I’m sure this is no news to most of you, but a recent study found that cat owners are significantly less likely to suffer from the winter blues:
HAYWARDS HEATH, England — Cat owners are significantly less likely to suffer the physical and emotional symptoms of the ‘winter blues’, a new study has found.
Findings from the five-year research project, carried out for charity Cats Protection*, show that cats help ease the stress of the New Year gloom.
The study shows that during the dreary months of January and February cat owners:
– Suffer 60% less headaches than non-cat owners
– Are 21% less likely to catch a cold or ‘flu
– Feel significantly less miserable, impatient and tense
Psychologist Dr June McNicholas, who conducted the research, also found cat owners suffer fewer sleep problems, are less likely to feel tearful and are more able to relax than those who do not own a cat.
The research was carried out over five years to compare the physical and psychological stress suffered by cat owners and non-cat owners during January and February.
Common complaints associated with the New Year – or the “Winter Blues” – can include headaches, colds, sleep problems, feeling tearful, tense and miserable and having difficulty in concentrating and relaxing.
The study showed that cat owners experienced significantly less physical and emotional problems during the first two months of the year.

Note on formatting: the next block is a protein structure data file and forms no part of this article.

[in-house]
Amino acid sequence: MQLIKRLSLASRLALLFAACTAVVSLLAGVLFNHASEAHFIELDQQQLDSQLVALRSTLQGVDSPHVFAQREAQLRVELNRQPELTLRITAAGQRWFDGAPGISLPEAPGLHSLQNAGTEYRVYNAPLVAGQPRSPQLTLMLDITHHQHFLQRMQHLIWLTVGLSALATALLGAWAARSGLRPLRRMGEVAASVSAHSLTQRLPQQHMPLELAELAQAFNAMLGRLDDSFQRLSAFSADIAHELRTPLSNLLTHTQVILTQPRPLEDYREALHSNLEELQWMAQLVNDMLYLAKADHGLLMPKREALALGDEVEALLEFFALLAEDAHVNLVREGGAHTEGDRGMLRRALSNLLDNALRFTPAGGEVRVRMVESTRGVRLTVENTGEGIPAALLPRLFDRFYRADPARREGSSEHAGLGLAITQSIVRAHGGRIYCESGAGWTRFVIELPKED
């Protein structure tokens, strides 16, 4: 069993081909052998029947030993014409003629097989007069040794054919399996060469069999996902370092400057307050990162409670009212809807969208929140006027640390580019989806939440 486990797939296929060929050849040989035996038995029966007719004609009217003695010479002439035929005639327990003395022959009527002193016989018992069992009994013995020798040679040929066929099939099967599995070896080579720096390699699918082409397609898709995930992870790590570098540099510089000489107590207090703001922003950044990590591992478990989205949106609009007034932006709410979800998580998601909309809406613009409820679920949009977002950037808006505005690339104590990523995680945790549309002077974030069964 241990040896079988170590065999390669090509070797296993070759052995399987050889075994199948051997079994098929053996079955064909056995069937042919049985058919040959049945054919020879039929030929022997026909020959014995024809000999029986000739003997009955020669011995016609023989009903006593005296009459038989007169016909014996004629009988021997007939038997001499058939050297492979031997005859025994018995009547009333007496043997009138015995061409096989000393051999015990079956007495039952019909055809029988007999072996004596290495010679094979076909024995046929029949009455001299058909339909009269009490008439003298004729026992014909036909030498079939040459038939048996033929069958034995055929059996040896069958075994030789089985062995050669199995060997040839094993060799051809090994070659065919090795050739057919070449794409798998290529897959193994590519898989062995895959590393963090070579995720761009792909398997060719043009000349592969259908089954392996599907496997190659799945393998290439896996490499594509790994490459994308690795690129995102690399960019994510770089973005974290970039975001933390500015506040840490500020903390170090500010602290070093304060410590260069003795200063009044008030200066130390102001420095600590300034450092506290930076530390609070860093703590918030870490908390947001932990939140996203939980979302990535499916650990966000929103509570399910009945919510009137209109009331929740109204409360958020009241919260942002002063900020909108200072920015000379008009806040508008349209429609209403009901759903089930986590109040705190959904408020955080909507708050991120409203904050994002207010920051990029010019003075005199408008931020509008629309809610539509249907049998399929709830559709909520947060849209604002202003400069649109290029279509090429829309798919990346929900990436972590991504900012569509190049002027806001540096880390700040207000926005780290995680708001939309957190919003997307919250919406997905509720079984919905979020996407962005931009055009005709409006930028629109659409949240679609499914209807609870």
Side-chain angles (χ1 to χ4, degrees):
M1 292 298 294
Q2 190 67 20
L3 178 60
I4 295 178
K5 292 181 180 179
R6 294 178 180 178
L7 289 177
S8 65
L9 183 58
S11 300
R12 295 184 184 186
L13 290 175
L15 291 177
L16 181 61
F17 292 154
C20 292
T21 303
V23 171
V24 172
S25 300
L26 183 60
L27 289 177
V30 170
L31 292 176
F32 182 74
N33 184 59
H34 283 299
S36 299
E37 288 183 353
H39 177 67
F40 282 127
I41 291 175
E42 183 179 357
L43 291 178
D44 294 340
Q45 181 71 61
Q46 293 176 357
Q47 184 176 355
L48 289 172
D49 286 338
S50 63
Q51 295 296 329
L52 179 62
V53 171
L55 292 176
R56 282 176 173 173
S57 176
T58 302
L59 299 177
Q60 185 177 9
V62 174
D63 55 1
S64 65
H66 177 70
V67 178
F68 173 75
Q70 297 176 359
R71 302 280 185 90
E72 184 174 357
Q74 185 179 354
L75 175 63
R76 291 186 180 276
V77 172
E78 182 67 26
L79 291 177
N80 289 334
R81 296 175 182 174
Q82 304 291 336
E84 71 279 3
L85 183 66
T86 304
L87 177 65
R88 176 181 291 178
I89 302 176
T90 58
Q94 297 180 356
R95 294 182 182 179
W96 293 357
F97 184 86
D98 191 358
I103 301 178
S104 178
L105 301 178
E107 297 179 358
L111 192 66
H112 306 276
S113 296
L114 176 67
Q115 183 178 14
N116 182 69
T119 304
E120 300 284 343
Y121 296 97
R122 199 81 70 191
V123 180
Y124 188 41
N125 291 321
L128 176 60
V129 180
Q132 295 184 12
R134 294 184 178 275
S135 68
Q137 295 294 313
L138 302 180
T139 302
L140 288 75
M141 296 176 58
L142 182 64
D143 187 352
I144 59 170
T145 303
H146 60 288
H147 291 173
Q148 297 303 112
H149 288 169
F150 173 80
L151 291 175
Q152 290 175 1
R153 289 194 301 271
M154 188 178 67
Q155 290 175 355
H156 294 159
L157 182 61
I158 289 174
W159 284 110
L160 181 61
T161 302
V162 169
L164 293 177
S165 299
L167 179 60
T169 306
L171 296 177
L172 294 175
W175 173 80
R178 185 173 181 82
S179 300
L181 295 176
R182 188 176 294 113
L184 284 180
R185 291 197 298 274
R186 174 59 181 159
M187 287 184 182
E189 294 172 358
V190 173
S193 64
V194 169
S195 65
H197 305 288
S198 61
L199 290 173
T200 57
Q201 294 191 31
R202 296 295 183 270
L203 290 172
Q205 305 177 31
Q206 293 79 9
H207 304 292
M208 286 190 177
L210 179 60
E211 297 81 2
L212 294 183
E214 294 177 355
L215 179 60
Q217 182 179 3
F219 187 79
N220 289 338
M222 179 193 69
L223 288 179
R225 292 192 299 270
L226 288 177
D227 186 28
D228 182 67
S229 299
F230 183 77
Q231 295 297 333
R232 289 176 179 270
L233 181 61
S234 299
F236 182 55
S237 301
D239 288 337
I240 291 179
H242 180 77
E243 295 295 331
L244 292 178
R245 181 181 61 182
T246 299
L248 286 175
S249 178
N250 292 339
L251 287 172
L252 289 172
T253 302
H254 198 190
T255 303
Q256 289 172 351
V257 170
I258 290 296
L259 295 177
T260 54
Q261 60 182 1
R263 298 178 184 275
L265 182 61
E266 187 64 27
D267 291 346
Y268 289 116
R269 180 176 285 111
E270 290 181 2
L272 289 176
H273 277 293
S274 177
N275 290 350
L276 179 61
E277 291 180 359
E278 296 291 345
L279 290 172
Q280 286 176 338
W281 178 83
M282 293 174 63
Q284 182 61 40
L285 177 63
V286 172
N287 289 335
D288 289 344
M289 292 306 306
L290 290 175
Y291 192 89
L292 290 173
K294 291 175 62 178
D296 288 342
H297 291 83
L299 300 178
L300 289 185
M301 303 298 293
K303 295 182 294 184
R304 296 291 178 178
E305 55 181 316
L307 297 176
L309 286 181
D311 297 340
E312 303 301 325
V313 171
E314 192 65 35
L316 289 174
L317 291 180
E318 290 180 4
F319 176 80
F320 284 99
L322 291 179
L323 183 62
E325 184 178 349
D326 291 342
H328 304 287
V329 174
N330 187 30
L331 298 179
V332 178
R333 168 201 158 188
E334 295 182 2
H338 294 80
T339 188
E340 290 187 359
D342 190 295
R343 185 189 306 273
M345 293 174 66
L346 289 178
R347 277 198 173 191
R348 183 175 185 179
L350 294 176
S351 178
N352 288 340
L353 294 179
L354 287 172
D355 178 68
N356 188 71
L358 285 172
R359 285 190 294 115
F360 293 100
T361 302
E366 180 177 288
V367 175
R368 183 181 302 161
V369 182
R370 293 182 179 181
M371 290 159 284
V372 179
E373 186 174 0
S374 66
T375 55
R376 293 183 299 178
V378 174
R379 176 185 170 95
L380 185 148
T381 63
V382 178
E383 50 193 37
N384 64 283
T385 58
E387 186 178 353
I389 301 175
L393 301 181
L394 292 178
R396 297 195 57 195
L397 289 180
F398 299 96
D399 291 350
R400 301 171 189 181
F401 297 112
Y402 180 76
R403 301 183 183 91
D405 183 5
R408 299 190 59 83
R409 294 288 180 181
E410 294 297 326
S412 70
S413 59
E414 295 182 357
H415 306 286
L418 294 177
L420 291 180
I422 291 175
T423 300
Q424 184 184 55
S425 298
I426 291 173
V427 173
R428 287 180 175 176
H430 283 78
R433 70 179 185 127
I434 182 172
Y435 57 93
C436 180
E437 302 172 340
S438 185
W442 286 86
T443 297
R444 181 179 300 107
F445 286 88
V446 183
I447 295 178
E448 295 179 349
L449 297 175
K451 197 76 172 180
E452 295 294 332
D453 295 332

Dr McNicholas said: “The findings are quite spectacular and show that cat owners are much better equipped to deal with the depressing months of January and February.
“Medical opinion has long held that in times of stress or anxiety one of the most valuable assets is a supportive relationship. This study suggests that cats are just as able to provide that support as humans.
“The study shows benefits to owners of both genders and across all age groups, but male owners under 40 seem to especially benefit from the companionship of a cat during the winter.”
Director of Veterinary Services for Cats Protection, Maggie Roberts, said: “There’s nothing quite like having a purring cat on your lap on a cold winter evening to lift your spirits, as this research shows.
“There are many reasons why cats can help. They are not judgemental and they have modest needs which can provide owners with a sense of purpose and they are also great fun to play or interact with.
“As cats tend to spend more time indoors during the winter months, owners will have more contact with them than in the summer, and this can be a real comfort at such a gloomy time of year.
“Research also shows cats can boost their owner’s immune system, so they are great to have when there are coughs and sneezes doing the rounds.”*Cats Protection is the UK’s leading cat charity, helping around 157,000 cats and kittens per year through a national network of 252 volunteer-run branches and 29 adoption centres.